In this chapter we address two research questions: (a) Does top-down transparency/information disclosure contribute or not to addressing the social-ecological challenges emerging from supply chains? (b) Do distinct types of transparency, top-down versus ground-up, differ in the way they can contribute to address these challenges and thereby to the enjoyment of the right to a healthy environment? To assess these questions, we use the mining industry as a case study, which faces increasing social-ecological challenges. First, we build on Ituarte-Lima and Stromberg (2018a), identifying the sustainability challenges of the sector. We then unpack information: from the common focus on accuracy and precision which we hold are necessary but insufficient for reaching positive socio-ecological outcomes, into seven sub-characteristics that we argue are sufficient for contributing to what we qualify as effective transparency. Thereafter we apply these characteristics to contrast how current top-down approaches versus emerging ground-up approaches contribute to effective transparency. This highlights ways in which recent technological advances make ground-up approaches necessary for delivering effective transparency that is conducive to circular and, above all, sustainable commodity chains.
- Citizen science
- Information disclosure
- Human right to a healthy environment
- Right to information
- Sustainability transformations
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We are grateful for useful comments received from the participants at the Sustainable Consumption and Production workshop, Stockholm School of Economics, 15–16 October 2019, particularly Professor Ranjula Bali Swain, Dr. Susanne Sweet, Dr. Örjan Sjöberg and Dr. Izabela Delabre. This chapter has greatly benefitted from participatory processes at the Swedish Environmental Protection Agency and United Nations Development Programme during the joint Environmental Governance Program, including feedback received in the SEPA-UNDP webinars “Environmental governance of the mining sector/ Gobernanza ambiental del sector minero” of the NBSAP Forum Webinar Series & GOXI Learning Series (October 2017); as well as presentations including the workshop SEPA-UNDP Mejorando la Gobernanza Ambiental en el Sector Extractivo Colombiano (in Bogota Colombia (November 2017) and at the Third Annual Meeting of the Policy and Technical Experts Committee (PTEC) of the World Bank (2014). We also acknowledge the thoughtful comments provided by Pekka Rinne and Ellef Hersoug. However, the authors remain fully responsible for the views expressed in it, and for any limitations of the final text. Claudia Ituarte-Lima’s research for this paper was funded by the Swedish Research Council (FORMAS) through the research projects, “Effective and Equitable Institutional Arrangements for Financing and Safeguarding Biodiversity” (no. 254-2013-13) and “Institutional Analysis of Ecological Compensation” (no. 2016-01556). She developed this chapter while conducting a visiting research stay at the Institute of Resources, Environment and Sustainability at the University of British Columbia.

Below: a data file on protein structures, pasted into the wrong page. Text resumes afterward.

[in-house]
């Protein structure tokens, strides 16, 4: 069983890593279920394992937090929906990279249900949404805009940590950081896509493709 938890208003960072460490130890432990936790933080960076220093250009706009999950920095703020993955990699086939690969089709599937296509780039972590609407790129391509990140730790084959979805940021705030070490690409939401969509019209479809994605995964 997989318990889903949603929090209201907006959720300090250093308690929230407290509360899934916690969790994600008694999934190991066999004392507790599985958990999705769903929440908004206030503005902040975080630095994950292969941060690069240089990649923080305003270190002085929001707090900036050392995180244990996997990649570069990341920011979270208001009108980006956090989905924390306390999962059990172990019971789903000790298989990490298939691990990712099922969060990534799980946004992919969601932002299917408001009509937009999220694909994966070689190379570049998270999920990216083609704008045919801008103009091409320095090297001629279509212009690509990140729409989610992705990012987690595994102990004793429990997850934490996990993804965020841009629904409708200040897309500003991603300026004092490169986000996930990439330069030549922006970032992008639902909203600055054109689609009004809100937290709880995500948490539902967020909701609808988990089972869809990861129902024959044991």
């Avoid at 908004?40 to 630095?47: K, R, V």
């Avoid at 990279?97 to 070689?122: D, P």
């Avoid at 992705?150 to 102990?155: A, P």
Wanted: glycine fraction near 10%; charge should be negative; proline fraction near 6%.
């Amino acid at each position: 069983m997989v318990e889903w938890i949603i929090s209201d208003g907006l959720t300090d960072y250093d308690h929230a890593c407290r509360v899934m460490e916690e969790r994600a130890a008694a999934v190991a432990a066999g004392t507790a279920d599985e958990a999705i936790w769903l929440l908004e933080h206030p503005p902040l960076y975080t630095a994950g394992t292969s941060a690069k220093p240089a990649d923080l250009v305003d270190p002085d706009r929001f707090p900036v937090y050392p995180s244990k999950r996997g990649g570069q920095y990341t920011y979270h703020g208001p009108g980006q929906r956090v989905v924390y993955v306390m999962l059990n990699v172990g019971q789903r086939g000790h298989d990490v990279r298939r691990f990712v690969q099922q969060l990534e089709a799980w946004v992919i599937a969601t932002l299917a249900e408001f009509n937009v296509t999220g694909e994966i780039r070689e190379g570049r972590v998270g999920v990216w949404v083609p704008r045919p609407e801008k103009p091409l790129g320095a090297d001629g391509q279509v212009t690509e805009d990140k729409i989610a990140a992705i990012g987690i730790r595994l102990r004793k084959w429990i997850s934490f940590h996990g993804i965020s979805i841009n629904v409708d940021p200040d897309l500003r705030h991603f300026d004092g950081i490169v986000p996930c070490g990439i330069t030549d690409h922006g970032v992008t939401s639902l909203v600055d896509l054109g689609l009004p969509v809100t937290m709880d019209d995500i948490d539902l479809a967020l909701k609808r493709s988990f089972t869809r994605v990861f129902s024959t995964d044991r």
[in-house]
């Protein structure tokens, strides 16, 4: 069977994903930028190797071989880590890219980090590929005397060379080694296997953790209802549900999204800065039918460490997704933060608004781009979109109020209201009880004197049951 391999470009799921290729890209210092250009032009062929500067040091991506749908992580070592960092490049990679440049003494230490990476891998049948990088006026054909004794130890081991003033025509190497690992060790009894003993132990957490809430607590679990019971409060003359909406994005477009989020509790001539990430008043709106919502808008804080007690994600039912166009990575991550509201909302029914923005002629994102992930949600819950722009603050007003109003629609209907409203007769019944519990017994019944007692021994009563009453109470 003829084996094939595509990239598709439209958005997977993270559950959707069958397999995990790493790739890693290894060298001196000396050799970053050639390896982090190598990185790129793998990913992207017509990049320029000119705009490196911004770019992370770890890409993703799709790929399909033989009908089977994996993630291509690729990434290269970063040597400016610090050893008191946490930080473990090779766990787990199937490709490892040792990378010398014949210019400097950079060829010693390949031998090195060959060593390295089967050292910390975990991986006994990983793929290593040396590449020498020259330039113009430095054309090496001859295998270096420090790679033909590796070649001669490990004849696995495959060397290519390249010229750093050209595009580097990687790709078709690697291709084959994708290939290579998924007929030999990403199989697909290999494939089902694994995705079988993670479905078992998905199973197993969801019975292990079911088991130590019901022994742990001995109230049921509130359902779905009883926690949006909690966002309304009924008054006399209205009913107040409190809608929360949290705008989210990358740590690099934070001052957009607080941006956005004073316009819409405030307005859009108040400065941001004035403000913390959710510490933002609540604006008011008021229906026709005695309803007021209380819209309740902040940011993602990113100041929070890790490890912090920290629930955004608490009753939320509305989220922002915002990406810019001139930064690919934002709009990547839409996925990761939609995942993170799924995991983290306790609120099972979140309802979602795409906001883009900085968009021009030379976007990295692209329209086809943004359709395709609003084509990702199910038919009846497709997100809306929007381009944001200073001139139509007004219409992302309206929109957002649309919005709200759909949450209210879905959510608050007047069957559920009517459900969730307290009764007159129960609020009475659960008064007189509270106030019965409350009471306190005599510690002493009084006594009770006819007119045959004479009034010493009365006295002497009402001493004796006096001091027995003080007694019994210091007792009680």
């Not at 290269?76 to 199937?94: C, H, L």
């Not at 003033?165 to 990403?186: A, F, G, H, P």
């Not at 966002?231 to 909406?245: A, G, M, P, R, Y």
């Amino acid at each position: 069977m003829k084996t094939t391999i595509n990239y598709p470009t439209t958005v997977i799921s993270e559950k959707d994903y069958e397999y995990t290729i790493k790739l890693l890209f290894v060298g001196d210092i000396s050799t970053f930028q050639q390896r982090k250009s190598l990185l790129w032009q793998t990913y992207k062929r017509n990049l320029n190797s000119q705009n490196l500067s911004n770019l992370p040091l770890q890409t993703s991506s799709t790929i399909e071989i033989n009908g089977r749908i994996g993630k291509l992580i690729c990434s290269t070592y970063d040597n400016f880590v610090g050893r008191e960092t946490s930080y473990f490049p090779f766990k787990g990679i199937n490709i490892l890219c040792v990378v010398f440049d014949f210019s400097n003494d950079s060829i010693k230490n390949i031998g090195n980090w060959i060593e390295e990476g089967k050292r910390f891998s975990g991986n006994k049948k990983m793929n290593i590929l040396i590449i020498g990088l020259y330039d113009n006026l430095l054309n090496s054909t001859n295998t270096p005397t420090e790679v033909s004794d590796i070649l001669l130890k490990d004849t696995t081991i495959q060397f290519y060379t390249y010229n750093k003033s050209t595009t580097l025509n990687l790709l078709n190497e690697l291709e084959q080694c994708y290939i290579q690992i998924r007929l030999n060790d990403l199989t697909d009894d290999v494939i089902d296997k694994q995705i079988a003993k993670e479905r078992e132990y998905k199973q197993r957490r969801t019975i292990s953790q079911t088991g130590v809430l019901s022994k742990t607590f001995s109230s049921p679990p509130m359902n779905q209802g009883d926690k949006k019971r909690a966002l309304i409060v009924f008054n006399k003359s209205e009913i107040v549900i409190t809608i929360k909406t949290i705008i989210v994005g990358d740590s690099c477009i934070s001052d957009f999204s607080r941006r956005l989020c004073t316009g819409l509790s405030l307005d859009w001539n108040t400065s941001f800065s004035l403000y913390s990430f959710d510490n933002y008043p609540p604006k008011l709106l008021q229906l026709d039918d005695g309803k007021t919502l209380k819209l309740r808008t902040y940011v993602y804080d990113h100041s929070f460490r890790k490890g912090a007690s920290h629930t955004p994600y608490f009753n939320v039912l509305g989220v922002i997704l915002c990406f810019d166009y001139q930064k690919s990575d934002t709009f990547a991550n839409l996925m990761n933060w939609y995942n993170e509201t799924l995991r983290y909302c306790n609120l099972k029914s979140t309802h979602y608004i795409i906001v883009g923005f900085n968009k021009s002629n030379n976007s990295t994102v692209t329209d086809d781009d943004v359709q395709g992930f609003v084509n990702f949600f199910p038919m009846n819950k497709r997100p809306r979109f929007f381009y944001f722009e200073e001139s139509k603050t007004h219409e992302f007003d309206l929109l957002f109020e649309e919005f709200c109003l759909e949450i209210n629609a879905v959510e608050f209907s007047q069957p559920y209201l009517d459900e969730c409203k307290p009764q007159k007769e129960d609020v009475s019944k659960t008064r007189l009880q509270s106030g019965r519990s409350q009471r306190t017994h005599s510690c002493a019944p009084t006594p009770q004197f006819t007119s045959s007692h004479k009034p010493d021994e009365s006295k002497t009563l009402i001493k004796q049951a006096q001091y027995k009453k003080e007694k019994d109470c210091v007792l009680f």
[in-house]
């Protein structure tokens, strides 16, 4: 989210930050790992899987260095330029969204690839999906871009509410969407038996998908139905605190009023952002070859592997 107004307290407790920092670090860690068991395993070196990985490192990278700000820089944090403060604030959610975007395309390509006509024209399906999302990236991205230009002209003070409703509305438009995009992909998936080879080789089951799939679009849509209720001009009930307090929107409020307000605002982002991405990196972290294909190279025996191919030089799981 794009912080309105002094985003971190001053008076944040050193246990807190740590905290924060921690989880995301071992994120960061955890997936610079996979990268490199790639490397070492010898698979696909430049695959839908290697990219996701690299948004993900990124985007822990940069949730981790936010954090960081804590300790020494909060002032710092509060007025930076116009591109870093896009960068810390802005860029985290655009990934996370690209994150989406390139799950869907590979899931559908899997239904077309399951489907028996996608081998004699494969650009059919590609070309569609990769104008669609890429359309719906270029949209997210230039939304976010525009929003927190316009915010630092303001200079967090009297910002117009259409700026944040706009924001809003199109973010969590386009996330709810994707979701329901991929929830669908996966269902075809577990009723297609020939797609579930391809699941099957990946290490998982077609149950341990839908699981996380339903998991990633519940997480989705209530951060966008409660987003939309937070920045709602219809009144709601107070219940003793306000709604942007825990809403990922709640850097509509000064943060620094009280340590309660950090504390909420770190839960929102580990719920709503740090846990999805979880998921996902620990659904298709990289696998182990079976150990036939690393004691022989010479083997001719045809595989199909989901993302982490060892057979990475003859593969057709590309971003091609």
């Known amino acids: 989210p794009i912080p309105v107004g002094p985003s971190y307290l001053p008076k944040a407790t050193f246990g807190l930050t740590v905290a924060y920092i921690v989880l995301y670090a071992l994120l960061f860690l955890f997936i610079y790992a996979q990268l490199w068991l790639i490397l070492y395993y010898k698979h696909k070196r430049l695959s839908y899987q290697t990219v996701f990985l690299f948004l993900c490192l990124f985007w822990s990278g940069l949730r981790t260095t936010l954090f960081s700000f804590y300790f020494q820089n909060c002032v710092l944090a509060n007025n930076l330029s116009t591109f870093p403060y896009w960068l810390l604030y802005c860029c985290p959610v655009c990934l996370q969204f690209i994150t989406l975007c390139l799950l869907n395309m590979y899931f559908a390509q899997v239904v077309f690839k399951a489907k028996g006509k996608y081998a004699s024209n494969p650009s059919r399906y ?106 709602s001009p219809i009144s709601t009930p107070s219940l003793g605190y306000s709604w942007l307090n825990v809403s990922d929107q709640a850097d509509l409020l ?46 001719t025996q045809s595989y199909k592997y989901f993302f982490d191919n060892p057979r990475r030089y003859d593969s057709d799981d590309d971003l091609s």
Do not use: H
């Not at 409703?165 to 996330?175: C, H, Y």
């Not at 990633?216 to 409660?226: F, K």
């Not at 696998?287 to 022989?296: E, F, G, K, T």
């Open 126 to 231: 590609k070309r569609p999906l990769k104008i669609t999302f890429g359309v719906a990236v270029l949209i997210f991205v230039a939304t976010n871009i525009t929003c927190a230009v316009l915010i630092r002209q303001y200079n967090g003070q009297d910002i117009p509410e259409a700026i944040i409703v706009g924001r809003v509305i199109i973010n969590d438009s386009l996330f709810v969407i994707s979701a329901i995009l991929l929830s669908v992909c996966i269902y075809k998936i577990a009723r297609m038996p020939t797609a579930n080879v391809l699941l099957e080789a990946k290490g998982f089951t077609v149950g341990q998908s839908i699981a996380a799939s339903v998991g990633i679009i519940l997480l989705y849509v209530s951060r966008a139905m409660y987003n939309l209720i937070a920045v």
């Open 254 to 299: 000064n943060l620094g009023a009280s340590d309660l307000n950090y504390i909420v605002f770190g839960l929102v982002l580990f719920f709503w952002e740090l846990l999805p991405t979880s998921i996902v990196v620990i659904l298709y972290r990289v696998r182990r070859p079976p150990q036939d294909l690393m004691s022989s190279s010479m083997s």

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Stromberg, P.M., Ituarte-Lima, C. (2021). The Trans-Formative with Trans-Parency: Untapping Ground-up Environmental Information and New Technologies for Sustainability. In: Bali Swain, R., Sweet, S. (eds) Sustainable Consumption and Production, Volume I. Palgrave Macmillan, Cham. https://doi.org/10.1007/978-3-030-56371-4_10
Publisher Name: Palgrave Macmillan, Cham
Print ISBN: 978-3-030-56370-7
Online ISBN: 978-3-030-56371-4